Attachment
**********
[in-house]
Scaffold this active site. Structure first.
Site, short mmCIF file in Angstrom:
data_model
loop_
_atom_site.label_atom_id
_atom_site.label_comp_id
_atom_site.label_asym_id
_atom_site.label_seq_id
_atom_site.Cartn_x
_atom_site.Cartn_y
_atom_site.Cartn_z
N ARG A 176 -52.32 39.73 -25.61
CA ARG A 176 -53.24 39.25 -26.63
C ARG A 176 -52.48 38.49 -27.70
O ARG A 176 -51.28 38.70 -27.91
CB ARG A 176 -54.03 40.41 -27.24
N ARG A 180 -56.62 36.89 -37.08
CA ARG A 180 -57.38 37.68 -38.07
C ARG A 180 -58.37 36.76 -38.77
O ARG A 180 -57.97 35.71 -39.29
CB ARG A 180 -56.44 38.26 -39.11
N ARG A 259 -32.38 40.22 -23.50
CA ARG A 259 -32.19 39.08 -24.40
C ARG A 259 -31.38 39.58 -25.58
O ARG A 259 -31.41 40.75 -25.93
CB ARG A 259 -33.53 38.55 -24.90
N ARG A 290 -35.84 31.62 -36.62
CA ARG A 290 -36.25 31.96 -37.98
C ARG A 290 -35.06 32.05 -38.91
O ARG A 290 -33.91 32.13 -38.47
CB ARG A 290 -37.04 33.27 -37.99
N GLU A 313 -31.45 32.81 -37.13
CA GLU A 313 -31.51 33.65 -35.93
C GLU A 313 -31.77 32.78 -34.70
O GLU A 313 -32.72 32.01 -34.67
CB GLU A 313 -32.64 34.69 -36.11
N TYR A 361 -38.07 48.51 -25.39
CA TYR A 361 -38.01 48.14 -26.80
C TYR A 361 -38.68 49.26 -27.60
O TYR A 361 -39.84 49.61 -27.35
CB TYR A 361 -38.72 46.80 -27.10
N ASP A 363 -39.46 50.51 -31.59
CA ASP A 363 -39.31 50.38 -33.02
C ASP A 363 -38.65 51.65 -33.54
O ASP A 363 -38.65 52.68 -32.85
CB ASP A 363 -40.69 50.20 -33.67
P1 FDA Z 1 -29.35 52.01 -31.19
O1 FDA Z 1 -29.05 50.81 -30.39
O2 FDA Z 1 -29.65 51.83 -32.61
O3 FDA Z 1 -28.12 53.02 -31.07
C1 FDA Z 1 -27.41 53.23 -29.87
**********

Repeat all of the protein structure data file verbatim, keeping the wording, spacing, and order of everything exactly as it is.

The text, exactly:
[in-house]
Scaffold this active site. Structure first.
Site, short mmCIF file in Angstrom:
data_model
loop_
_atom_site.label_atom_id
_atom_site.label_comp_id
_atom_site.label_asym_id
_atom_site.label_seq_id
_atom_site.Cartn_x
_atom_site.Cartn_y
_atom_site.Cartn_z
N ARG A 176 -52.32 39.73 -25.61
CA ARG A 176 -53.24 39.25 -26.63
C ARG A 176 -52.48 38.49 -27.70
O ARG A 176 -51.28 38.70 -27.91
CB ARG A 176 -54.03 40.41 -27.24
N ARG A 180 -56.62 36.89 -37.08
CA ARG A 180 -57.38 37.68 -38.07
C ARG A 180 -58.37 36.76 -38.77
O ARG A 180 -57.97 35.71 -39.29
CB ARG A 180 -56.44 38.26 -39.11
N ARG A 259 -32.38 40.22 -23.50
CA ARG A 259 -32.19 39.08 -24.40
C ARG A 259 -31.38 39.58 -25.58
O ARG A 259 -31.41 40.75 -25.93
CB ARG A 259 -33.53 38.55 -24.90
N ARG A 290 -35.84 31.62 -36.62
CA ARG A 290 -36.25 31.96 -37.98
C ARG A 290 -35.06 32.05 -38.91
O ARG A 290 -33.91 32.13 -38.47
CB ARG A 290 -37.04 33.27 -37.99
N GLU A 313 -31.45 32.81 -37.13
CA GLU A 313 -31.51 33.65 -35.93
C GLU A 313 -31.77 32.78 -34.70
O GLU A 313 -32.72 32.01 -34.67
CB GLU A 313 -32.64 34.69 -36.11
N TYR A 361 -38.07 48.51 -25.39
CA TYR A 361 -38.01 48.14 -26.80
C TYR A 361 -38.68 49.26 -27.60
O TYR A 361 -39.84 49.61 -27.35
CB TYR A 361 -38.72 46.80 -27.10
N ASP A 363 -39.46 50.51 -31.59
CA ASP A 363 -39.31 50.38 -33.02
C ASP A 363 -38.65 51.65 -33.54
O ASP A 363 -38.65 52.68 -32.85
CB ASP A 363 -40.69 50.20 -33.67
P1 FDA Z 1 -29.35 52.01 -31.19
O1 FDA Z 1 -29.05 50.81 -30.39
O2 FDA Z 1 -29.65 51.83 -32.61
O3 FDA Z 1 -28.12 53.02 -31.07
C1 FDA Z 1 -27.41 53.23 -29.87